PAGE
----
Public Lecture: UN climate change negotiations – The role and influence of the Alliance of Small Island States

6-7pm, Tuesday 19 February 2013 (download flyer).
Barton Theatre, JG Crawford Building [132], Lennox Crossing.

Her Excellency Ms Marlene Inemwin Moses, Ambassador Extraordinary and Plenipotentiary, Permanent Representative of Nauru to the United Nations and Chair of the Alliance of Small Island States (AOSIS).

This event is co-hosted by the ANU Climate Change Institute, theANU Pacific Institute and the Department of Climate Change and Energy Efficiency.

Film screening: O Le Tulafale / The Orator

6pm, Wednesday 20 February 2013, Coombs Lecture Theatre (download one of two promotional flyers). This event is sponsored by the ANU Pacific Institute.

Note: This screening will feature a pre-recorded interview between Director, Tusi Tamasese and Valerie Bichard.

“The Orator (O Le Tulafale) is a contemporary drama about courage, forgiveness and love. Small in stature and humble, Saili lives a simple life with his beloved wife and daughter in an isolated, traditional village in the islands of Samoa. Forced to protect his land and family, Saili must face his fears and seek the right to speak up for those he loves.”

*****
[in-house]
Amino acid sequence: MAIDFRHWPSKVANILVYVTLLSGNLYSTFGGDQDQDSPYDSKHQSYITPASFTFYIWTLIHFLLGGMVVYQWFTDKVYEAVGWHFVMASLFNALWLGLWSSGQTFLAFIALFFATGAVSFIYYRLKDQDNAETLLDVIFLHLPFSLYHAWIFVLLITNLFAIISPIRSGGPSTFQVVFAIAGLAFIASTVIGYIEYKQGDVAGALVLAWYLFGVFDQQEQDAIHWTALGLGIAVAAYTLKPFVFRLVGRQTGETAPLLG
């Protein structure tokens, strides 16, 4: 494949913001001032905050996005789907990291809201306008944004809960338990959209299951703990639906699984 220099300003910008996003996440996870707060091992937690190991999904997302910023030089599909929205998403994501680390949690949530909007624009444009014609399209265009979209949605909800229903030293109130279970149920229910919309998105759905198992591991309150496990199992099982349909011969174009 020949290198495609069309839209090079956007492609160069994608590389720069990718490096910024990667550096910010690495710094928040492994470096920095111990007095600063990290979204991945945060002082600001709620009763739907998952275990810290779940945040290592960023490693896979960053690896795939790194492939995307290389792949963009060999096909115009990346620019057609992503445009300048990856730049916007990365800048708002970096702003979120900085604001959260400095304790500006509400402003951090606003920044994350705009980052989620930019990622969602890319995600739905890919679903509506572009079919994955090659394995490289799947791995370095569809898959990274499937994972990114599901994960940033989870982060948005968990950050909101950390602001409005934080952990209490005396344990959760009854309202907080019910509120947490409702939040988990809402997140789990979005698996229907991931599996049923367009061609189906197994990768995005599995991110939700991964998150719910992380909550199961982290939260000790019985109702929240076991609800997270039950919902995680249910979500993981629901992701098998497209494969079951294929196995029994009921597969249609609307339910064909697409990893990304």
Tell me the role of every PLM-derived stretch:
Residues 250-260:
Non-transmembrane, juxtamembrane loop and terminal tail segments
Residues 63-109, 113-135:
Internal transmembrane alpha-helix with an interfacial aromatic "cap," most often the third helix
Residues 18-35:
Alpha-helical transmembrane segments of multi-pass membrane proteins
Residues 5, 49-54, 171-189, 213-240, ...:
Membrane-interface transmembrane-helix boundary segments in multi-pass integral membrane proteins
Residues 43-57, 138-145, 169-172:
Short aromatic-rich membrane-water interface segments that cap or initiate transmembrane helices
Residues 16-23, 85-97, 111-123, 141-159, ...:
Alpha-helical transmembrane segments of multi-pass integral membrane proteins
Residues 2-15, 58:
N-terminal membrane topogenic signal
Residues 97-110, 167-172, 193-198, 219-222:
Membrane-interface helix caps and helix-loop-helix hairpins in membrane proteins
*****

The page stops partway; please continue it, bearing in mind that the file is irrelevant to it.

For more information, visit the film’s official website (http://theoratorfilm.co.nz).

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The PNG Promoting Effective Public Expenditure Project

On 7 February 2013, the National Research Institute (NRI) of Papua New Guinea and the Development Policy Centre (ANU) co-hosted a National Budget Forum in Port Moresby. This forum is “intended to support the implementation of the 2013 National Budget so that better outcomes are achieved for the people of PNG” as part of the PNG Promoting Effective Public Expenditure (PEPE) Project. Of general interest is a presentation that illustrate some of the findings of those involved in the PEPE surveys in PNG and the challenges the team faced during fieldwork.

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Pacific Islands Leadership Program (PILP) with Taiwan

The East-West Center recently announced a new initiative – the Pacific Islands Leadership Program (PILP) with Taiwan – which is “designed to provide opportunities to enhance the leadership capacities of individuals in the Pacific Islands region and build a network of young leaders who will contribute to lasting people-to-people relationships across the Pacific, Asia, and United States.” Applications for this year’s program are due before 15 March and the program will run 26 August – 26 November 2013.